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Over 50s more likely to give up universal benefits if the funds used for health and care

10th October 2014 Print

Universal age related benefits form part of the social contract between the generations.  Contributions have been made throughout the working life of many older people and they now understandably expect support us in later life.  For many these benefits are seen as sacrosanct, and few over 50s would be willing to give them up.  However, a new poll published by Saga reveals that whilst many remain staunch supporters of universal benefits, the Saga generations are significantly more likely to consider agreeing to the loss of their age related benefits if they knew the money was going towards additional funding for health and social care.

The poll of 9,794 over 50s shows that the age related benefit most valued by the Saga Generations is free prescriptions.  Just 7% of respondents said that they would be willing to give up or pay tax on free prescriptions; however this figure more than doubled to 15% if they knew the funds would be ring-fenced to pay for health or social care. 

In contrast, a quarter of respondents would be willing to give up or pay tax on the Free TV licence and two in five (39%) would be willing to do so if the funds were ring-fenced. Similarly, 27% of respondents would be willing to give up their free bus pass and this figure increased to 38% if the funds were used to improve health and social care.  Perhaps understandably, those in the higher social grades (AB) were almost three times more likely to consider this (30%) compared to 13% of those in social grade DE.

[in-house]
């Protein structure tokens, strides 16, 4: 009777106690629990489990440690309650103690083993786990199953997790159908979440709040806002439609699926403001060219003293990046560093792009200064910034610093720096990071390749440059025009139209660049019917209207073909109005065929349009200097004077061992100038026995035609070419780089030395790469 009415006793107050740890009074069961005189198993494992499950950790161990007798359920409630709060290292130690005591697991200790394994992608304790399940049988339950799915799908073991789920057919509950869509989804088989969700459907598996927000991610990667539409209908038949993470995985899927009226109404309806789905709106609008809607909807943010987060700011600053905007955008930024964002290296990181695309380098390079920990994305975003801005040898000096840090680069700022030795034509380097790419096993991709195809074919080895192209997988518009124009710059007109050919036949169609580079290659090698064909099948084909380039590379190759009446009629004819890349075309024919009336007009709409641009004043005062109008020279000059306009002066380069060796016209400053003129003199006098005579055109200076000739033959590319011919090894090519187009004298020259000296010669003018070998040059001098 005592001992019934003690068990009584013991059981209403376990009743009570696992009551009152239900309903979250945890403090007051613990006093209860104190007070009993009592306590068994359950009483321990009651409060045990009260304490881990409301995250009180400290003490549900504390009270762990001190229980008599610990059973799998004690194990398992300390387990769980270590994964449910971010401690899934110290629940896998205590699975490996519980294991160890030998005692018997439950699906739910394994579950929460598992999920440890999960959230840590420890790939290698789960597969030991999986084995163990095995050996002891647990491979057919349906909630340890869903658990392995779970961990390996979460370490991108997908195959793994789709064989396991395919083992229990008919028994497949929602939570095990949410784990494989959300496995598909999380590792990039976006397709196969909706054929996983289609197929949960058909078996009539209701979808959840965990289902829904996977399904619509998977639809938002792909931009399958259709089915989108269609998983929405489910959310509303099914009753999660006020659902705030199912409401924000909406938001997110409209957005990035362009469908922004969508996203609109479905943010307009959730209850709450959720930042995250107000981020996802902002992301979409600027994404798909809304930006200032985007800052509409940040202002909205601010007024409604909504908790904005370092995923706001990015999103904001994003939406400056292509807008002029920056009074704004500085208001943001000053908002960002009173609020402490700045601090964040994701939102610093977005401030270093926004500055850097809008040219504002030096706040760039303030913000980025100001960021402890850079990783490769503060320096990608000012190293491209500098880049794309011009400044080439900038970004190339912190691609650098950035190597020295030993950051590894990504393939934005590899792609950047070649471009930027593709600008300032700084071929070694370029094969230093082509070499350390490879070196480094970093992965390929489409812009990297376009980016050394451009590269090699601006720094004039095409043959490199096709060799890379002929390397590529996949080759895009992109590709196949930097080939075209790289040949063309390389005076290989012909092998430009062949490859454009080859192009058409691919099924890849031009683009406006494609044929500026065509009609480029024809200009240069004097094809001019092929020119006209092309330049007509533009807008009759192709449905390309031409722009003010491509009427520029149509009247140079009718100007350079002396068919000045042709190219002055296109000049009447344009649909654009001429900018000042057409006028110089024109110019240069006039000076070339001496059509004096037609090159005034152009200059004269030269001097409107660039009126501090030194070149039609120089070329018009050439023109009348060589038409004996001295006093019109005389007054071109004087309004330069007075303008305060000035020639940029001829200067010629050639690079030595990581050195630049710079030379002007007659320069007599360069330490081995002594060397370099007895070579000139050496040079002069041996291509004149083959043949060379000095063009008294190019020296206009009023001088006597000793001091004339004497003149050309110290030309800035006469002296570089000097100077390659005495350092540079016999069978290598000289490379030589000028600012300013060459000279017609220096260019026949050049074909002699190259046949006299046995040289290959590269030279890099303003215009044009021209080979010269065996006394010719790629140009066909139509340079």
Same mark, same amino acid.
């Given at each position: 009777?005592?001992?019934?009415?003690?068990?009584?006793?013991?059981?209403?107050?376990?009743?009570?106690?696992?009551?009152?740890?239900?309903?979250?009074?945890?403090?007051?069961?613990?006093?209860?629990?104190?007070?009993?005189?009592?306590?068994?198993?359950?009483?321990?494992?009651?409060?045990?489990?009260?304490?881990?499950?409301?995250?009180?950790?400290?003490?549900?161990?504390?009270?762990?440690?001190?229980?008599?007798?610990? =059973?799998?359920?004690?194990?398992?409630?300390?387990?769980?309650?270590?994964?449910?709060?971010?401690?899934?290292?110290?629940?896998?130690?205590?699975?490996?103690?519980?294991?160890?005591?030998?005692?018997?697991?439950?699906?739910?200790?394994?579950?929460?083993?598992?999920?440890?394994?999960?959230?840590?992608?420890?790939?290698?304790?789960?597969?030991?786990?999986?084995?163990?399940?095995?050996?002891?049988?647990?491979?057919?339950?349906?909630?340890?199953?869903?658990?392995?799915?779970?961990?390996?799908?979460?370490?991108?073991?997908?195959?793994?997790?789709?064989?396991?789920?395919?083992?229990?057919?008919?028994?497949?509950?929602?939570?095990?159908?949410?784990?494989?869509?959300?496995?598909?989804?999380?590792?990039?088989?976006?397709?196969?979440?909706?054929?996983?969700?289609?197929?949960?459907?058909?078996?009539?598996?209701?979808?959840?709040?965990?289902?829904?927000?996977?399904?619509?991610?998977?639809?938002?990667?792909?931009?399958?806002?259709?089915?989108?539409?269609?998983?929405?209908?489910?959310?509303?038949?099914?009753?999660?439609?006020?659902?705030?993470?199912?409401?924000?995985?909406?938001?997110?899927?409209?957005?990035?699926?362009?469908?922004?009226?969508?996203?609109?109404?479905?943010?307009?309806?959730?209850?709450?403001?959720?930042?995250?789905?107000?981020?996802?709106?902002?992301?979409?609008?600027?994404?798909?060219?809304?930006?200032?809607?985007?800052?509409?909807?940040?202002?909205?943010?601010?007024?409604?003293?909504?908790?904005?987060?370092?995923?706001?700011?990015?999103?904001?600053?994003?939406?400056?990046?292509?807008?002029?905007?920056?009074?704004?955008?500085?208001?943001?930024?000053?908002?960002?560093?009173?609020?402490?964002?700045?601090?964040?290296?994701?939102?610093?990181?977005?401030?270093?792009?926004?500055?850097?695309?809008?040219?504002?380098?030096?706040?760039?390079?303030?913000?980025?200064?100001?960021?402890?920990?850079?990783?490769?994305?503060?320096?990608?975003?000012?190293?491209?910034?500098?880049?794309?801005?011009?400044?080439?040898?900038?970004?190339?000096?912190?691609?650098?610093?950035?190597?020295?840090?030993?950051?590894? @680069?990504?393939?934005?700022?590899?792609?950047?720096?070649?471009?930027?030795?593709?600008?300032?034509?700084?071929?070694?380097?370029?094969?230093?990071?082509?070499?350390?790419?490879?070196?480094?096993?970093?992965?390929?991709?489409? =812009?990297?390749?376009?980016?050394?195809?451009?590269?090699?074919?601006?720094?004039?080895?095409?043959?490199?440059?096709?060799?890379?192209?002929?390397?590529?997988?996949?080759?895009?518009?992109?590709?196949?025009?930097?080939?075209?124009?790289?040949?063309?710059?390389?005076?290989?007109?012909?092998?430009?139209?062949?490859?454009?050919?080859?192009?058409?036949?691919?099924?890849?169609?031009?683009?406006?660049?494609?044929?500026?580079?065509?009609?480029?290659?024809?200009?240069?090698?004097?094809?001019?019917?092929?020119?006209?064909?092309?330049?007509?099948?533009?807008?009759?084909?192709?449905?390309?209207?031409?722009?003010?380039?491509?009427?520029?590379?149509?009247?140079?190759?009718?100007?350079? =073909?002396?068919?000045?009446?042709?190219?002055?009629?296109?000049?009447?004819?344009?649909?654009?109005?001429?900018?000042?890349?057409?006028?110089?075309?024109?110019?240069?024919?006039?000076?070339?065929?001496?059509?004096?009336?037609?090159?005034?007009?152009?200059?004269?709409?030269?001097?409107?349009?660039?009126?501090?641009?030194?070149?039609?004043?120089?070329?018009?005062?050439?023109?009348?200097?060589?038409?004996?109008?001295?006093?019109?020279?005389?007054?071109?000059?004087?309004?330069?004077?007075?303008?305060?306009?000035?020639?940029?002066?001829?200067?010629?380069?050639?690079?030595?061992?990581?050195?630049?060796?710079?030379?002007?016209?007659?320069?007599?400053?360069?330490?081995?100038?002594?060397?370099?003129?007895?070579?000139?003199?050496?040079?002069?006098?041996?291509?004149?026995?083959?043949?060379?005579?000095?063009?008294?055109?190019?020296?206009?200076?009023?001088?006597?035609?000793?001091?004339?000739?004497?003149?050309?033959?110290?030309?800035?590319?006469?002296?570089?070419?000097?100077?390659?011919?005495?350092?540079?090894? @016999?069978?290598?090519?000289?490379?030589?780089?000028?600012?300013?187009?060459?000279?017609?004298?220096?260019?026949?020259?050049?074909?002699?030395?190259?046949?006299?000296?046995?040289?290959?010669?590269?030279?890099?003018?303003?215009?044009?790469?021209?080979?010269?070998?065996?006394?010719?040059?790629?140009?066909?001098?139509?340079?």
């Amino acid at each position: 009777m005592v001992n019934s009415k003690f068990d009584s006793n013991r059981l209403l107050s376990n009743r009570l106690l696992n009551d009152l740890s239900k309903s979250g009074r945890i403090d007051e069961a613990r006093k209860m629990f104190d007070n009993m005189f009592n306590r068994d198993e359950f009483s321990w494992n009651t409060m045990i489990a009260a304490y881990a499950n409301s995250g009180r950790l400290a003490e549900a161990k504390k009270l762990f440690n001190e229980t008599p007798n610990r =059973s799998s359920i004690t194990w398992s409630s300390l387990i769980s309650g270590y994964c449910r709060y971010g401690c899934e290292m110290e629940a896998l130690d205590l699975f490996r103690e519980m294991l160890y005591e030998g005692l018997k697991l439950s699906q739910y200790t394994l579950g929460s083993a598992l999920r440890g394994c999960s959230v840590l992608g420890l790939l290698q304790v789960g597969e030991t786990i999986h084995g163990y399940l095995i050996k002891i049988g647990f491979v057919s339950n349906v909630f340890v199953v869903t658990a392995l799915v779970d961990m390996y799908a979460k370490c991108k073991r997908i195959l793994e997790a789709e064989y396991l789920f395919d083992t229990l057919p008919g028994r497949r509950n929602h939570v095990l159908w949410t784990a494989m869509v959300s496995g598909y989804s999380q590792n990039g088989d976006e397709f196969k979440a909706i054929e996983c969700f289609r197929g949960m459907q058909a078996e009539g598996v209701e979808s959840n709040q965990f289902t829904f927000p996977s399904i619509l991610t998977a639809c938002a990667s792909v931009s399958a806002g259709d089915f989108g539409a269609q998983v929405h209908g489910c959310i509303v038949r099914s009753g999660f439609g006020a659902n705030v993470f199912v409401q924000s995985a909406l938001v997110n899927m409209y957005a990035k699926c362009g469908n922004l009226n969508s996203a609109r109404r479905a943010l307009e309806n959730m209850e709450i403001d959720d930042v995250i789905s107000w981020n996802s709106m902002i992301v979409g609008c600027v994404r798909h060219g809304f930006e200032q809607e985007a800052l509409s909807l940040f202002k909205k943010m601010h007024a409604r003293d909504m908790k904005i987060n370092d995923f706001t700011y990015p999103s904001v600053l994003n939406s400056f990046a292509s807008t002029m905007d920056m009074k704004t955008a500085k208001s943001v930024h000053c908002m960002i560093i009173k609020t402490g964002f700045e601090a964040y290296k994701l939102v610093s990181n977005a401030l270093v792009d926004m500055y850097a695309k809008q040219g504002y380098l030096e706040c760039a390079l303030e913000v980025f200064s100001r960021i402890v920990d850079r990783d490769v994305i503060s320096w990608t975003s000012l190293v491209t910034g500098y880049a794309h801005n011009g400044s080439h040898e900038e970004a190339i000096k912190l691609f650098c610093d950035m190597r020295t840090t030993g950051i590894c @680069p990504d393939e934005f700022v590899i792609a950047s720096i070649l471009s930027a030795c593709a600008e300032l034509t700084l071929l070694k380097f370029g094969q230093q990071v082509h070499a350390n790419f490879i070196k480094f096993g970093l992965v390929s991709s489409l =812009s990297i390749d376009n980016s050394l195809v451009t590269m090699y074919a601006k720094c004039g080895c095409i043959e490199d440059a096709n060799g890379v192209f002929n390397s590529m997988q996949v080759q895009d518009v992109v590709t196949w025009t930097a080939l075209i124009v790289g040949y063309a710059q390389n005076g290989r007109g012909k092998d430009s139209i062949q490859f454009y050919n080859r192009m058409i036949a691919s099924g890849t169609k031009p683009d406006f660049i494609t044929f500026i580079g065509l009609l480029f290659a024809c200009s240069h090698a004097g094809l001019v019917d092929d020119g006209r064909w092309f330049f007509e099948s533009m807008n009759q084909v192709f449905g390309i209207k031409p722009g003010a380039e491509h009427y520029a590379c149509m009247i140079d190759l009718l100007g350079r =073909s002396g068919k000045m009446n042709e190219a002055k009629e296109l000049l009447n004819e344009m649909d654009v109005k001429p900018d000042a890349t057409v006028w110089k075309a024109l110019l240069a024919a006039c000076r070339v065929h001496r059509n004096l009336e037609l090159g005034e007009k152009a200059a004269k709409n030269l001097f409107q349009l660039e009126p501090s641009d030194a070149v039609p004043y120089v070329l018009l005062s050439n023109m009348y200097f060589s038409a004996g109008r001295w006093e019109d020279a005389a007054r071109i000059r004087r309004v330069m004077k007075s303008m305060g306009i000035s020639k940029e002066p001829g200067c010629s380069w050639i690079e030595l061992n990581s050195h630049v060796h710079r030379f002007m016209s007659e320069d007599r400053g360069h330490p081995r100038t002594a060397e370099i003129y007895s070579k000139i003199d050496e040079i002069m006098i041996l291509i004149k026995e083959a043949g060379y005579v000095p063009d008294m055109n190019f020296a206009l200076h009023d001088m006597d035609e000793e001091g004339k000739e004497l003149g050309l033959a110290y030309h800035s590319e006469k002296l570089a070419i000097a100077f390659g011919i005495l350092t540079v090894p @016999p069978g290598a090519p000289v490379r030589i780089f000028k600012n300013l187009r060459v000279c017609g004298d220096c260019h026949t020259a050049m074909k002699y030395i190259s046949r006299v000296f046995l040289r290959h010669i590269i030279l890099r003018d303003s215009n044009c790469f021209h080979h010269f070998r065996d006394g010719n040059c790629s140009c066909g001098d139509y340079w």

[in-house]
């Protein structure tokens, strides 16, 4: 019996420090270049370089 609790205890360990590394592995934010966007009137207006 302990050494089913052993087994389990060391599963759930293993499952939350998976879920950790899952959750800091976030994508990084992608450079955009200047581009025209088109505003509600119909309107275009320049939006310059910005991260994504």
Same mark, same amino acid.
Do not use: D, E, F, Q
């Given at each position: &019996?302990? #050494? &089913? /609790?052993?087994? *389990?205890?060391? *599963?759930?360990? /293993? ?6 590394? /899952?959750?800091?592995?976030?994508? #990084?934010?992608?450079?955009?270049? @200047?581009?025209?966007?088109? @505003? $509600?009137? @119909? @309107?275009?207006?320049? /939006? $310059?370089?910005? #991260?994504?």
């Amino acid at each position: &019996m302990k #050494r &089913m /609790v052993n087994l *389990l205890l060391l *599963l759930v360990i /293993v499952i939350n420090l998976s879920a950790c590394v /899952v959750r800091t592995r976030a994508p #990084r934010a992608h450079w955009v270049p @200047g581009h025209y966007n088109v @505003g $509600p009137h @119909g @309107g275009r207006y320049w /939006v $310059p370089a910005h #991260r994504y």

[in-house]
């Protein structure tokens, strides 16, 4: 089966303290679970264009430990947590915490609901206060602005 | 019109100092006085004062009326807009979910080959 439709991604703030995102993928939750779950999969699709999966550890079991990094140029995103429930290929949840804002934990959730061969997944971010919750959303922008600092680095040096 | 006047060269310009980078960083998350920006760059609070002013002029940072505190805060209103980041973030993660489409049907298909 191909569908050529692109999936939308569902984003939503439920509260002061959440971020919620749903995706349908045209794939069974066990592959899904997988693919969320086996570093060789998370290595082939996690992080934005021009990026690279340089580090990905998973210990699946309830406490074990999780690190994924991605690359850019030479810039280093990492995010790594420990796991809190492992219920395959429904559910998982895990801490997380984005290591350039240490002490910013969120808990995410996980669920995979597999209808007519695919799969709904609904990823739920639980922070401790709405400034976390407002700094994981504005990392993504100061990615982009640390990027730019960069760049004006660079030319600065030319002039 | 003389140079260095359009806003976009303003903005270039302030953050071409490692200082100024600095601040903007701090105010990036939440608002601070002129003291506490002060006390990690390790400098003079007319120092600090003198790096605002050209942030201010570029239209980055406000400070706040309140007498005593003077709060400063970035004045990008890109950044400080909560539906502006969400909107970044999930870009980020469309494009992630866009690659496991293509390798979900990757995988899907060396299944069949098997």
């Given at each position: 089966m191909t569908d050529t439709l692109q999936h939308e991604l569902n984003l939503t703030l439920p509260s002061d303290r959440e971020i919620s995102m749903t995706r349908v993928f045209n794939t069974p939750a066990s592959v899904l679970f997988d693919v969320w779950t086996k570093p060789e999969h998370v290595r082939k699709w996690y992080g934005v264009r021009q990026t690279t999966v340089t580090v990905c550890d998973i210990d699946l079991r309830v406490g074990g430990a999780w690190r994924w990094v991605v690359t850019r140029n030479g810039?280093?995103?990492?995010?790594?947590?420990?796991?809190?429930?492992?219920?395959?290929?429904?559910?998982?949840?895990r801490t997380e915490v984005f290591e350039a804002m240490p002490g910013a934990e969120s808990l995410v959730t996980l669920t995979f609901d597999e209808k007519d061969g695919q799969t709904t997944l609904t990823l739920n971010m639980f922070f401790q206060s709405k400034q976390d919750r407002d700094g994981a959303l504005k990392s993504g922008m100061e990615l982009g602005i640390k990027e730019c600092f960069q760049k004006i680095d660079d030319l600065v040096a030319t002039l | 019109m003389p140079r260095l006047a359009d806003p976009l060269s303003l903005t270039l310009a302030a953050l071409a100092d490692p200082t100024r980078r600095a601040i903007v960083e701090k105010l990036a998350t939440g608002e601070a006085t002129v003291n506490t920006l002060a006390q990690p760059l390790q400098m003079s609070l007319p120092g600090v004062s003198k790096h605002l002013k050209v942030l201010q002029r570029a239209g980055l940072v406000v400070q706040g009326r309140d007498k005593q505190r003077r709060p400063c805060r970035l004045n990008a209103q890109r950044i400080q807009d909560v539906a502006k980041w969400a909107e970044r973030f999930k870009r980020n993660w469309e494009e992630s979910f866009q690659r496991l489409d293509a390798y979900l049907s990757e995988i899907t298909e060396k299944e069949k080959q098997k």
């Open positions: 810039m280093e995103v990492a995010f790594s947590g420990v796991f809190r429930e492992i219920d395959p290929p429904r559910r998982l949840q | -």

Saga’s director of communications Paul Green commented “Clearly nobody wants something they already have to be taken away from them, however our research shows that a significant minority would be willing to have some benefits taxed or be focussed on poorer pensioners.  Support for this has undoubtedly grown over the past year, and are more pronounced if they knew the money was ring-fenced for the NHS and elderly care.  It appears that the reality of the funding crisis in the nation’s social care system is dawning on many over Briton’s over 50s.  

“So while there remains a general distrust that the money will be spent wisely, if the funds were to be ring-fenced, the Saga Generations would be more likely to support changes to universal benefits.”